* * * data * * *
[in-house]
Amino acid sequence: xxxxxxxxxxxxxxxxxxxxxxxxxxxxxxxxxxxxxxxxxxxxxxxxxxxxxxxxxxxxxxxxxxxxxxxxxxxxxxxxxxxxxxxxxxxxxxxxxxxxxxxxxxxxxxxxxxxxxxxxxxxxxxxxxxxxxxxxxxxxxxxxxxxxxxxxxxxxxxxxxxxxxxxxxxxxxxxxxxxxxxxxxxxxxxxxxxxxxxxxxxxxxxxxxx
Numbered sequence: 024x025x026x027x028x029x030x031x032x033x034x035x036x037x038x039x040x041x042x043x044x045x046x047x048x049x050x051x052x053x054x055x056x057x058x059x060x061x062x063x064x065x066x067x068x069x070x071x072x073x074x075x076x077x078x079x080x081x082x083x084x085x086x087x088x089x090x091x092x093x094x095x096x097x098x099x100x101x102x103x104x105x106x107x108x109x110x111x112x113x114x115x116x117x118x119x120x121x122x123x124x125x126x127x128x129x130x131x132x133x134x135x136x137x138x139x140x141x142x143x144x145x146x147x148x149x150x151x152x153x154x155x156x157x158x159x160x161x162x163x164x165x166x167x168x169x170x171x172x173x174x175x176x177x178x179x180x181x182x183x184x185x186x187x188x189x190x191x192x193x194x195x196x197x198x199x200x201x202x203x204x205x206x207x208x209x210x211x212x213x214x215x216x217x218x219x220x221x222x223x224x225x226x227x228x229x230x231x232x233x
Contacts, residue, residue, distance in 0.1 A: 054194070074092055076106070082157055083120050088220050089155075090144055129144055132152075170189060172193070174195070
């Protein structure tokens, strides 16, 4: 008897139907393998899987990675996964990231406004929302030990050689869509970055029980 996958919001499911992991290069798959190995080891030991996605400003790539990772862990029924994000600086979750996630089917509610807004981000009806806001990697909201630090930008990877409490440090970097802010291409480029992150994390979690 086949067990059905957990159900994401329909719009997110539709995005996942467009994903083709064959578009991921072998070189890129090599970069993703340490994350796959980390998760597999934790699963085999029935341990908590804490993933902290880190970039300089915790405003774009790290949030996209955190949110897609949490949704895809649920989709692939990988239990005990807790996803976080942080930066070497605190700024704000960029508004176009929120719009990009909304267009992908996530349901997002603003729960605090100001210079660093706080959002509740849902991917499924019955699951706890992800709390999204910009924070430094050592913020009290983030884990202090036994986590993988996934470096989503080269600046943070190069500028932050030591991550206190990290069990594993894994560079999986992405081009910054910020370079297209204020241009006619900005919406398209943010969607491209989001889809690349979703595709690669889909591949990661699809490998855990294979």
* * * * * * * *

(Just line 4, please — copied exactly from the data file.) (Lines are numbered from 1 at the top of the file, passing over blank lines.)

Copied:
Contacts, residue, residue, distance in 0.1 A: 054194070074092055076106070082157055083120050088220050089155075090144055129144055132152075170189060172193070174195070